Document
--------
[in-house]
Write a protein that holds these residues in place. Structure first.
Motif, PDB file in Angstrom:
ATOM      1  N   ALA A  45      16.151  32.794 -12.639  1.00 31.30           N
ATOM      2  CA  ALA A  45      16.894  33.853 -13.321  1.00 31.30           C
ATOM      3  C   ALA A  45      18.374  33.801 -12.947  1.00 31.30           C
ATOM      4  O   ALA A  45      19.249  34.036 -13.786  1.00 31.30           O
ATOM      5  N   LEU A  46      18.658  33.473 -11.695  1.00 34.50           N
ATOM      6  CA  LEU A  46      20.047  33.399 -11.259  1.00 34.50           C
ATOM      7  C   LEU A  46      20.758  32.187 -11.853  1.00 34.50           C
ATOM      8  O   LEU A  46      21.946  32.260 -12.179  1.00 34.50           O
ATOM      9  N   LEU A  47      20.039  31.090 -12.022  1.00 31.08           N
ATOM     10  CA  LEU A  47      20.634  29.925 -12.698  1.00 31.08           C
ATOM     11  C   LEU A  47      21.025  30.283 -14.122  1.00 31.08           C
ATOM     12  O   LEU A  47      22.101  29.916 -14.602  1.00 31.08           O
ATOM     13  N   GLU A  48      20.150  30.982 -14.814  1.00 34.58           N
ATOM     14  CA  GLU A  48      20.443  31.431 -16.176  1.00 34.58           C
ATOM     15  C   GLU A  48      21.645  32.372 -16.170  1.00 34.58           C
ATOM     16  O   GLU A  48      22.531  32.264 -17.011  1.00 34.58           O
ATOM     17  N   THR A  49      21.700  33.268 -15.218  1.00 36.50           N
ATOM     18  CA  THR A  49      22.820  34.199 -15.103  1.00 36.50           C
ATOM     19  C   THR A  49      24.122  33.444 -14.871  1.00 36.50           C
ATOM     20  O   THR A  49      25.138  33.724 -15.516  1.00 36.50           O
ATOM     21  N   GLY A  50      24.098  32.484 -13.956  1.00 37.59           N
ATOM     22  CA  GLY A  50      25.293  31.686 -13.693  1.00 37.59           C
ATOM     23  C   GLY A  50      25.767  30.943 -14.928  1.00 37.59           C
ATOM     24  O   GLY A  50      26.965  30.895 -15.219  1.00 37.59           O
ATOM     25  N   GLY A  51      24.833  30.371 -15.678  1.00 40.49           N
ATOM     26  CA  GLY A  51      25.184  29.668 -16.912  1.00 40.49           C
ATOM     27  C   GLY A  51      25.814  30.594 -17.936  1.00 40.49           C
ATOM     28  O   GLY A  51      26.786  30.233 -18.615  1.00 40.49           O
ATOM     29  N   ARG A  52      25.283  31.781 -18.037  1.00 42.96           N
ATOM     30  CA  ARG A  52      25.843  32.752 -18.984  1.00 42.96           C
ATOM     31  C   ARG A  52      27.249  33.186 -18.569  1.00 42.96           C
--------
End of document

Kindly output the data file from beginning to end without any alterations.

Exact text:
[in-house]
Write a protein that holds these residues in place. Structure first.
Motif, PDB file in Angstrom:
ATOM      1  N   ALA A  45      16.151  32.794 -12.639  1.00 31.30           N
ATOM      2  CA  ALA A  45      16.894  33.853 -13.321  1.00 31.30           C
ATOM      3  C   ALA A  45      18.374  33.801 -12.947  1.00 31.30           C
ATOM      4  O   ALA A  45      19.249  34.036 -13.786  1.00 31.30           O
ATOM      5  N   LEU A  46      18.658  33.473 -11.695  1.00 34.50           N
ATOM      6  CA  LEU A  46      20.047  33.399 -11.259  1.00 34.50           C
ATOM      7  C   LEU A  46      20.758  32.187 -11.853  1.00 34.50           C
ATOM      8  O   LEU A  46      21.946  32.260 -12.179  1.00 34.50           O
ATOM      9  N   LEU A  47      20.039  31.090 -12.022  1.00 31.08           N
ATOM     10  CA  LEU A  47      20.634  29.925 -12.698  1.00 31.08           C
ATOM     11  C   LEU A  47      21.025  30.283 -14.122  1.00 31.08           C
ATOM     12  O   LEU A  47      22.101  29.916 -14.602  1.00 31.08           O
ATOM     13  N   GLU A  48      20.150  30.982 -14.814  1.00 34.58           N
ATOM     14  CA  GLU A  48      20.443  31.431 -16.176  1.00 34.58           C
ATOM     15  C   GLU A  48      21.645  32.372 -16.170  1.00 34.58           C
ATOM     16  O   GLU A  48      22.531  32.264 -17.011  1.00 34.58           O
ATOM     17  N   THR A  49      21.700  33.268 -15.218  1.00 36.50           N
ATOM     18  CA  THR A  49      22.820  34.199 -15.103  1.00 36.50           C
ATOM     19  C   THR A  49      24.122  33.444 -14.871  1.00 36.50           C
ATOM     20  O   THR A  49      25.138  33.724 -15.516  1.00 36.50           O
ATOM     21  N   GLY A  50      24.098  32.484 -13.956  1.00 37.59           N
ATOM     22  CA  GLY A  50      25.293  31.686 -13.693  1.00 37.59           C
ATOM     23  C   GLY A  50      25.767  30.943 -14.928  1.00 37.59           C
ATOM     24  O   GLY A  50      26.965  30.895 -15.219  1.00 37.59           O
ATOM     25  N   GLY A  51      24.833  30.371 -15.678  1.00 40.49           N
ATOM     26  CA  GLY A  51      25.184  29.668 -16.912  1.00 40.49           C
ATOM     27  C   GLY A  51      25.814  30.594 -17.936  1.00 40.49           C
ATOM     28  O   GLY A  51      26.786  30.233 -18.615  1.00 40.49           O
ATOM     29  N   ARG A  52      25.283  31.781 -18.037  1.00 42.96           N
ATOM     30  CA  ARG A  52      25.843  32.752 -18.984  1.00 42.96           C
ATOM     31  C   ARG A  52      27.249  33.186 -18.569  1.00 42.96           C